Photos: Cristian Hernández
A Spanish version of this piece was originally published in Cinco8.
Last April 15th, the International Red Cross announced that a humanitarian aid shipment was entering Venezuela. Since then, has there been an improvement in public healthcare?
Not for Luis Bolívar and his colon injury, no. In the hospital where he’s being treated, they gave him an exploratory exam, but first he had to bring his own scrubs, surgical caps, anesthesia, toiletries, disinfectant and liquid soap. Other image exams, like the CT, couldn’t be done in this type IV hospital, because the equipment doesn’t work and there’s no fluid to produce contrast in the image.
In a private clinic, both exams cost 12 million bolivars ($670), money that he’d only have by saving his pension (40 thousand bolivars or $2.2) for 25 years.
Right now, not only in Caracas, but in all of Venezuela, there’s a major risk of dying in one of the hospitals managed by Nicolás Maduro’s regime, precisely because of their precariousness. The National Hospital Survey 2019 revealed that, between November 2018 and February 2019, 1,557 patients died in public hospitals for lack of medical supplies.
There’s no sign of the humanitarian aid getting into hospitals. Only six, out of 277 hospitals on the Public Hospital Network (managed by the Health Ministry and the IVSS, the Venezuelan Social Services Institute) have received supplies, emergency generators and medicine like antibiotics and anti-inflammatory drugs, delivered as part of the International Federation of Red Cross (IFRC) shipment.
In Hands of the Red Cross
Like Luis Bolívar, many Venezuelans are at risk of losing the opportunity for a transplant, or dying from malnutrition or chronic diseases. These Venezuelans, in permanent uncertainty, haven’t stopped their pleas for help.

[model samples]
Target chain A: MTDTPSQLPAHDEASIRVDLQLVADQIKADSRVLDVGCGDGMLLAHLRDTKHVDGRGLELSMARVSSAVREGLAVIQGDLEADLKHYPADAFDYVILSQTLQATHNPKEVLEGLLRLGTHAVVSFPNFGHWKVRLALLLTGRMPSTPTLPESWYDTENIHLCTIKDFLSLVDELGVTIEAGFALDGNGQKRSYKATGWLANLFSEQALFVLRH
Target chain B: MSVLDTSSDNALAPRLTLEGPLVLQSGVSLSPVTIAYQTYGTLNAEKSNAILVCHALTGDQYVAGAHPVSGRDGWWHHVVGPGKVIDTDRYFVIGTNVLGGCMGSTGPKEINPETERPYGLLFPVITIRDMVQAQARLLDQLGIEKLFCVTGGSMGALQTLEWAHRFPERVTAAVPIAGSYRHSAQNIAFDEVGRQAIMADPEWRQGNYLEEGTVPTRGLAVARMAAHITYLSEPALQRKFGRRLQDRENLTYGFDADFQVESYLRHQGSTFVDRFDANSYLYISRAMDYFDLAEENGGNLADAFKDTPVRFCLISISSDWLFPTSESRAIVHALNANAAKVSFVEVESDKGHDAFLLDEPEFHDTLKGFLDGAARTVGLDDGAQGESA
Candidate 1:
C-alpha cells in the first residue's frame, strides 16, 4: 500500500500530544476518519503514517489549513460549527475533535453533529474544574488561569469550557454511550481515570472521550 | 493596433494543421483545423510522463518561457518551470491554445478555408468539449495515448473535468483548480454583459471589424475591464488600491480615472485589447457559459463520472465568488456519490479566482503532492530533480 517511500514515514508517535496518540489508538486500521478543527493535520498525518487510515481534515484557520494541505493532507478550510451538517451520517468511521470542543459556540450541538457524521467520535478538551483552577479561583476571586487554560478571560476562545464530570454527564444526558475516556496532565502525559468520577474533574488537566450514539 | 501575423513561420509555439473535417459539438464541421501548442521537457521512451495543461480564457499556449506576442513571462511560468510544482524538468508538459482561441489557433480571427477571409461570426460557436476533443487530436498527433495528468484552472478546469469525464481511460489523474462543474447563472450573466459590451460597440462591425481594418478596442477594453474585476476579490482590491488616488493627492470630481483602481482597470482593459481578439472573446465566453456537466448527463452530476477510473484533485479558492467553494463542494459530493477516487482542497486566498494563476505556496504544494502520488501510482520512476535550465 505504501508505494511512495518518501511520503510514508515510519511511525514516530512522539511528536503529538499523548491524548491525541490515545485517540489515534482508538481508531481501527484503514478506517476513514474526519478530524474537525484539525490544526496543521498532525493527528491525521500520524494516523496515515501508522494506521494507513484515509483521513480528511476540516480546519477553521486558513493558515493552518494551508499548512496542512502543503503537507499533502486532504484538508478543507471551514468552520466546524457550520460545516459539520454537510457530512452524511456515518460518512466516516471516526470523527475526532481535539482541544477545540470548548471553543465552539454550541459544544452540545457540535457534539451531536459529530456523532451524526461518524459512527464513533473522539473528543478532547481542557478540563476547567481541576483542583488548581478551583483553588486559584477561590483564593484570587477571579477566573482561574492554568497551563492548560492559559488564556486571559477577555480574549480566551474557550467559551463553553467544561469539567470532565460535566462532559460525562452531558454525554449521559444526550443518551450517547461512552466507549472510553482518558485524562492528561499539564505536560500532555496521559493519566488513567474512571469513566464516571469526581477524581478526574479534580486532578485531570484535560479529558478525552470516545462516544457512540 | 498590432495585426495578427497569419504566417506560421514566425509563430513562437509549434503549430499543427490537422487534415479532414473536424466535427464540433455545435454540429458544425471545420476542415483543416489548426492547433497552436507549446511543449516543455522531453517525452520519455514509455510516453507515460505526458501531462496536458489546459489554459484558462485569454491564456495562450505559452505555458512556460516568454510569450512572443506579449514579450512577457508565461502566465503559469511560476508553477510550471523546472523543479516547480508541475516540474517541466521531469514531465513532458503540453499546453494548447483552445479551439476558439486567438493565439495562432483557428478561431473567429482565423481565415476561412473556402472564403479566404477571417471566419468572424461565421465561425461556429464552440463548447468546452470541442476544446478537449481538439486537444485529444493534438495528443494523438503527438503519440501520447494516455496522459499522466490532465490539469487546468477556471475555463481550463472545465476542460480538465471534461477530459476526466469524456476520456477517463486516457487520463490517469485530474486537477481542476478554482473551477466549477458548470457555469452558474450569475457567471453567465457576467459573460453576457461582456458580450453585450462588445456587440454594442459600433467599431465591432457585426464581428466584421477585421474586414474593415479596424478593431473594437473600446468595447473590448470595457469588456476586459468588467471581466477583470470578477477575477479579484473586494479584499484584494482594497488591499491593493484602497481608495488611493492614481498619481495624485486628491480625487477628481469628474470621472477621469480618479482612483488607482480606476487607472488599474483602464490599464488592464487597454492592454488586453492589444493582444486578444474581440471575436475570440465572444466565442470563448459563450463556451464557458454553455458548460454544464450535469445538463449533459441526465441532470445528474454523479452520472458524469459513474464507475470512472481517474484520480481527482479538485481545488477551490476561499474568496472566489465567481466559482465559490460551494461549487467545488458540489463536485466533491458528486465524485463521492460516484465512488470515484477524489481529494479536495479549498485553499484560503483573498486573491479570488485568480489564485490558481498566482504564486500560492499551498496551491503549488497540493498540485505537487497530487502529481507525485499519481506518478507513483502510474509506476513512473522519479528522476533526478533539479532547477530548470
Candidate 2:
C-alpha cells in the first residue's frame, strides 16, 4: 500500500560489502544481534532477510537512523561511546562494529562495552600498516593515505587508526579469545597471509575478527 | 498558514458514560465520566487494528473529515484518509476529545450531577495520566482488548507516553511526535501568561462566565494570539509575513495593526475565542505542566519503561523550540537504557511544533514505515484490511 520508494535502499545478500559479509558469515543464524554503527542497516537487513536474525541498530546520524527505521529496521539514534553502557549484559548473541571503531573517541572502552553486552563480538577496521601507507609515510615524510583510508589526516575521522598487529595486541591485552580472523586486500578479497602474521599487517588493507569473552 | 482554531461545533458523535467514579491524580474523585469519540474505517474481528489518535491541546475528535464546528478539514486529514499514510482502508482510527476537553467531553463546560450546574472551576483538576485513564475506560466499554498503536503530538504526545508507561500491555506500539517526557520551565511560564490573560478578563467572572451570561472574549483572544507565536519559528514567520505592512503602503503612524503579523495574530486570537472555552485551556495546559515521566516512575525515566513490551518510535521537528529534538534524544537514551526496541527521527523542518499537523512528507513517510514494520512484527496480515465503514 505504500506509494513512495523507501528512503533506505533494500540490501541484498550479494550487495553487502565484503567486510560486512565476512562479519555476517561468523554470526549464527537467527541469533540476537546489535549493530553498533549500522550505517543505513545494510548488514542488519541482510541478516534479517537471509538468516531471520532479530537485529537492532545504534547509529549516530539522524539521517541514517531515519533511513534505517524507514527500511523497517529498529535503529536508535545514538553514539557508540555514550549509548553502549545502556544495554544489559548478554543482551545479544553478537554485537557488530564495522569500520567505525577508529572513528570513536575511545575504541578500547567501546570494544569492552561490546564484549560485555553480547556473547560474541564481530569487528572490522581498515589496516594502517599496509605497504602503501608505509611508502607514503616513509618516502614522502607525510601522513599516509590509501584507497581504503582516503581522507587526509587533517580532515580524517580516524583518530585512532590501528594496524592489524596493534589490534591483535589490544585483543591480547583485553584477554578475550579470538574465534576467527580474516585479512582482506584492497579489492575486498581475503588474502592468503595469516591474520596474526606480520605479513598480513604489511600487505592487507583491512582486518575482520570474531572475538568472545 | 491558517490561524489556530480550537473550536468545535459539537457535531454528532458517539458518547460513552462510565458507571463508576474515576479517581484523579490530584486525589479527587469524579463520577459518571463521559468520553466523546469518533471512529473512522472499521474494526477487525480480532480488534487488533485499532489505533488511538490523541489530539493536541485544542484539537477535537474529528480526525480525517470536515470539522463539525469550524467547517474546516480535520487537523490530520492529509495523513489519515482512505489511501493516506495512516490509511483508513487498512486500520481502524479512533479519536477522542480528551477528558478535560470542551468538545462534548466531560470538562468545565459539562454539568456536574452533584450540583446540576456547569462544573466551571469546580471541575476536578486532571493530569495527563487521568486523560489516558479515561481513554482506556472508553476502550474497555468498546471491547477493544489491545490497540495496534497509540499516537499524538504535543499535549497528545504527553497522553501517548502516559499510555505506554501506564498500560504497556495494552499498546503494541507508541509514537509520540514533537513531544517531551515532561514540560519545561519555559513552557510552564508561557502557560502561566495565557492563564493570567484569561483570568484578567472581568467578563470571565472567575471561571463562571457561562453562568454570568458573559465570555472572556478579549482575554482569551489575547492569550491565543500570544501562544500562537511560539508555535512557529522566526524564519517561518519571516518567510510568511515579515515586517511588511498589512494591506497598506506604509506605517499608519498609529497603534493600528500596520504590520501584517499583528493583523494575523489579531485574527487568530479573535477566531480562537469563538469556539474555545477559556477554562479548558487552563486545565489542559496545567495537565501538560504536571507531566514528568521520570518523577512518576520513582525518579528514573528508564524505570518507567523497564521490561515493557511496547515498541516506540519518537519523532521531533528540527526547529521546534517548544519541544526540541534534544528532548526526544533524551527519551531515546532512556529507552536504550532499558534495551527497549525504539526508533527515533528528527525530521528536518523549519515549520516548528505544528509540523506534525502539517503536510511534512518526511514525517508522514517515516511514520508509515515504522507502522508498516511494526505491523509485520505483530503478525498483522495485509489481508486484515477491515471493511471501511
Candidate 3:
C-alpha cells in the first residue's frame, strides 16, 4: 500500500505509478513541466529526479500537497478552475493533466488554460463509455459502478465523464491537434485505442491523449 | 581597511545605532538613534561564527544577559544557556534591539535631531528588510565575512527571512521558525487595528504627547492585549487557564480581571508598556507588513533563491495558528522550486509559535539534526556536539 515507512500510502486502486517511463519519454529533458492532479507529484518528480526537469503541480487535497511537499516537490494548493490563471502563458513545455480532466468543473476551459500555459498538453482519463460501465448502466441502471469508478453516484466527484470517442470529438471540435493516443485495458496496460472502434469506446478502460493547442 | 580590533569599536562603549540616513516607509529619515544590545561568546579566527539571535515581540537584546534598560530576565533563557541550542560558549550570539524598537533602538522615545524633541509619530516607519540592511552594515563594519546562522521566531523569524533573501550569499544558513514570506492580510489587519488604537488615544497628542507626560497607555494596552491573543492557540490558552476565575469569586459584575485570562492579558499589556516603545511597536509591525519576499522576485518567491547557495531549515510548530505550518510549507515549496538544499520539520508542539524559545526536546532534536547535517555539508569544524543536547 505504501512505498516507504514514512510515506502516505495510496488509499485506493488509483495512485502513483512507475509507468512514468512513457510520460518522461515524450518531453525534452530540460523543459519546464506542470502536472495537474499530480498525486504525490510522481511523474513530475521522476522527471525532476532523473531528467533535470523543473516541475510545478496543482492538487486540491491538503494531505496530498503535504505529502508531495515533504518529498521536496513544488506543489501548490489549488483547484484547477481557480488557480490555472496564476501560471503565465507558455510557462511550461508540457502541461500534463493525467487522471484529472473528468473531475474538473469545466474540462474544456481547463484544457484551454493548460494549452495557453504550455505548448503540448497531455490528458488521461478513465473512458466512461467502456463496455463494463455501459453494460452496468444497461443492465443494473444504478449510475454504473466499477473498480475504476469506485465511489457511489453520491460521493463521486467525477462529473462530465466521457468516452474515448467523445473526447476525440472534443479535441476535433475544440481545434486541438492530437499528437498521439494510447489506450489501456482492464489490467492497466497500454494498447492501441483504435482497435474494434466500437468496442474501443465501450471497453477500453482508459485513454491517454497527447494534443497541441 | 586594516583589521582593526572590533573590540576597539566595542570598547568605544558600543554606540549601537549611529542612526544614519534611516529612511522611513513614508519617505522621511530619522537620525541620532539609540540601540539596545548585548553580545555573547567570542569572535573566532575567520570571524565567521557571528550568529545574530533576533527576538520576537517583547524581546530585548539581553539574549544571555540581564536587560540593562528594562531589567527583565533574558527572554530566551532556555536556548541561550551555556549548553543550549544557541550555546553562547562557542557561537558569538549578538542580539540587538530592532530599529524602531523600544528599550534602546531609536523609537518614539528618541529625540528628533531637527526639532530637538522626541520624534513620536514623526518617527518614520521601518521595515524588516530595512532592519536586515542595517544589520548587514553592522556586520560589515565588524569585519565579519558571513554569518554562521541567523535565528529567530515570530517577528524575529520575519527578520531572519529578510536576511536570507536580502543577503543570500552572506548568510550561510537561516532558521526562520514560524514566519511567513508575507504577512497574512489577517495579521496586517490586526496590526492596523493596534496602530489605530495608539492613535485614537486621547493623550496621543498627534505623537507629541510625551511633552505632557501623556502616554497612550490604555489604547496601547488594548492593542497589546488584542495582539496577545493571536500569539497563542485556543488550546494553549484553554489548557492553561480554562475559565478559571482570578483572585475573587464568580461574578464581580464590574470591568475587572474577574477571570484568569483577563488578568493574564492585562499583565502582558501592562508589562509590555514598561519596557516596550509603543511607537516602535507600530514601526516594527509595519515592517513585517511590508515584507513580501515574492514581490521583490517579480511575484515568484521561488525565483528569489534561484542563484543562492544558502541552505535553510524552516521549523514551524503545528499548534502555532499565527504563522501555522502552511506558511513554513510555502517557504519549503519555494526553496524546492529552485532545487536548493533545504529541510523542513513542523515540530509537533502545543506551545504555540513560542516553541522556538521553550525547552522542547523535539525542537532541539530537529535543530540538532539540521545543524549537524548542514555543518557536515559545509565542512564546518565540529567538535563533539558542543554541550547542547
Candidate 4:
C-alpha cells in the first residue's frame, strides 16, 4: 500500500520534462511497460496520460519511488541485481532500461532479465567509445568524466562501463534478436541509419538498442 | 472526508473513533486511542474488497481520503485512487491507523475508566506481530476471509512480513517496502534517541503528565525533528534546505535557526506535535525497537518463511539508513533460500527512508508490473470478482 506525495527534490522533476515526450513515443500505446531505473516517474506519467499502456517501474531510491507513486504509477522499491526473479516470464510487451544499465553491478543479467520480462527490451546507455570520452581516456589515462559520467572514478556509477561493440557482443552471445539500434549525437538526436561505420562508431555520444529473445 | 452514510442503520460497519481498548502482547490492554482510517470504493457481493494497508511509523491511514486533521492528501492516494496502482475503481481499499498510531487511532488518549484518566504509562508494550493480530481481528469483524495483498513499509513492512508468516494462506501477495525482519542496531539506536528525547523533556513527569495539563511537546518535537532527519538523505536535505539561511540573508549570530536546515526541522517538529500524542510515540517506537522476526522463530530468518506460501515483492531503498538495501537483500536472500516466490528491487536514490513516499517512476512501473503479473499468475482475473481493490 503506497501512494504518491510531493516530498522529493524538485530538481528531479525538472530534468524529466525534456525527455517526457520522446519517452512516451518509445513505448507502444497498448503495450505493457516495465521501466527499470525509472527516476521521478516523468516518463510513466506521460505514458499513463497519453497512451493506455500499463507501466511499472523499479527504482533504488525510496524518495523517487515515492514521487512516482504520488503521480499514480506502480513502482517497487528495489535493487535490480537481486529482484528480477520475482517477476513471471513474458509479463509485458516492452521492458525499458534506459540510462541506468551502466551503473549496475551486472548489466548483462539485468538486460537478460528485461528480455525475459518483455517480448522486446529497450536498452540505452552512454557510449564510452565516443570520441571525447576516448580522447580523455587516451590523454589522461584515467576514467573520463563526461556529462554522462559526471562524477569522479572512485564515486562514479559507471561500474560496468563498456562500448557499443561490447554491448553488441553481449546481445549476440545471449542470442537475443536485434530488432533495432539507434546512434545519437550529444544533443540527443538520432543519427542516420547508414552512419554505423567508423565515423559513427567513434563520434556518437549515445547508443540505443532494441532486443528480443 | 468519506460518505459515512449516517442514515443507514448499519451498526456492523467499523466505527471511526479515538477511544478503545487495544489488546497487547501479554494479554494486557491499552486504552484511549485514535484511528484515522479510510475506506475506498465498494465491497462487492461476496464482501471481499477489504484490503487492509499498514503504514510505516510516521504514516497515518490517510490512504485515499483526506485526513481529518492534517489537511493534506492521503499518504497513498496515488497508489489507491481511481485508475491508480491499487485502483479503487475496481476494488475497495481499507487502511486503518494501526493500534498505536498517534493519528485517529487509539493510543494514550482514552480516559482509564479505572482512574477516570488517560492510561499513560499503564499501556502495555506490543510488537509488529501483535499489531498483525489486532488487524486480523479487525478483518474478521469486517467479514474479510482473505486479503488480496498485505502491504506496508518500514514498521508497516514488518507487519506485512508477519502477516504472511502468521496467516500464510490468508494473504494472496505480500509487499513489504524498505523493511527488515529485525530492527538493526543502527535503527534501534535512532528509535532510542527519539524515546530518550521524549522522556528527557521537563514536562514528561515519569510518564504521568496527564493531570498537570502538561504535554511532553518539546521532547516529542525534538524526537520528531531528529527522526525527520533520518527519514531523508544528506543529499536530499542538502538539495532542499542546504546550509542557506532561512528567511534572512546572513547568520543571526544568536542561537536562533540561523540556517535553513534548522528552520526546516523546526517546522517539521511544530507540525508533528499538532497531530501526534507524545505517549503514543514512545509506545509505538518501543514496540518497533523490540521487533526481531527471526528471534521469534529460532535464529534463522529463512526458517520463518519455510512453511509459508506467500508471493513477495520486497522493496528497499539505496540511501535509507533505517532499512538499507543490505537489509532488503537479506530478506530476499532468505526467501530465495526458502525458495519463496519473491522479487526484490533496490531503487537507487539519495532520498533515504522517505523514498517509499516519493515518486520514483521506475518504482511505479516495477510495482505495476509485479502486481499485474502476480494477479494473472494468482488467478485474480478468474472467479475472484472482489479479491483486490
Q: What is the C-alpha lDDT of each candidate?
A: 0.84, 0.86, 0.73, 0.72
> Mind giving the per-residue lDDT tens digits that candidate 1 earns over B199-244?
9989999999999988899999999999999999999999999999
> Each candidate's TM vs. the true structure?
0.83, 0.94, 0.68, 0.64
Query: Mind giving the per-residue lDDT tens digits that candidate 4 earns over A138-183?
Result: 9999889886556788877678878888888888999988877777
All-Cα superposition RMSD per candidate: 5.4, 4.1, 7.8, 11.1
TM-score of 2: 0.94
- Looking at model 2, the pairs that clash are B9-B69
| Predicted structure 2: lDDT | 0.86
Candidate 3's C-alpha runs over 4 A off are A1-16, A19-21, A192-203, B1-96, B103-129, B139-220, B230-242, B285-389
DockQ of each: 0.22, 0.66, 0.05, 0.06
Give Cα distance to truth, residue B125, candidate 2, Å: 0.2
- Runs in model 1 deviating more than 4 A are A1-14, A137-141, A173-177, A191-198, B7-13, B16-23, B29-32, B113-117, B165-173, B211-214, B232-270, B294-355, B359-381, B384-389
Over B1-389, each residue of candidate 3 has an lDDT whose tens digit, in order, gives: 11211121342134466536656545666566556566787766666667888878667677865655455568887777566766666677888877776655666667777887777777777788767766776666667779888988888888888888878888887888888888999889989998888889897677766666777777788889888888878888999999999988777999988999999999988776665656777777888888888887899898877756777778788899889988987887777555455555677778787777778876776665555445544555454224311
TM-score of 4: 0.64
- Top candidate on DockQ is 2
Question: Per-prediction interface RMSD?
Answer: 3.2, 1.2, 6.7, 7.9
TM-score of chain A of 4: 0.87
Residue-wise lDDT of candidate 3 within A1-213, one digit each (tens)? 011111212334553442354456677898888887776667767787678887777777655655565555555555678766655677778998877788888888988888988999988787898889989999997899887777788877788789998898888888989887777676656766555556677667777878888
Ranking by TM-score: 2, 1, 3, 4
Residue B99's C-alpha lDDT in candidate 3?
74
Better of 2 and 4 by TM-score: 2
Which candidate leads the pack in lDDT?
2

After the blackout in March, which caused the death of 22 nephrology patients, according to the Venezuelan Nephrology Society, IFRC president Francesco Rocca came into the country and said that “it’s unacceptable that children die for lack of energy.” Mario Villarroel, president of the Venezuelan Red Cross, later said that the aid was distributed to 38 healthcare centers in 16 states but, of those centers, eight are in the hands of the Red Cross, six are public hospitals, two depend on foundations and 22 are Red Cross outpatient clinics that, by the way, don’t provide free healthcare to the community.
Almost everything that the International Red Cross sent to the country in May has stayed in its own clinics. Very little has made it to public institutions: Pérez de León II in Caracas’ Sucre municipality, Guatire-Guarenas General Hospital, Pariata’s and Catia’s Peripheric Hospitals, Maracay’s Central Hospital, a dialysis unit in Zulia and a foundation helping children with cancer in Zulia, too.
Health Is Also Infrastructure
In the case of Catia’s Peripheric Hospital, a doctor who asked to remain anonymous said that they haven’t received large donations and patients still buy everything from their painkillers to supplies like gauze.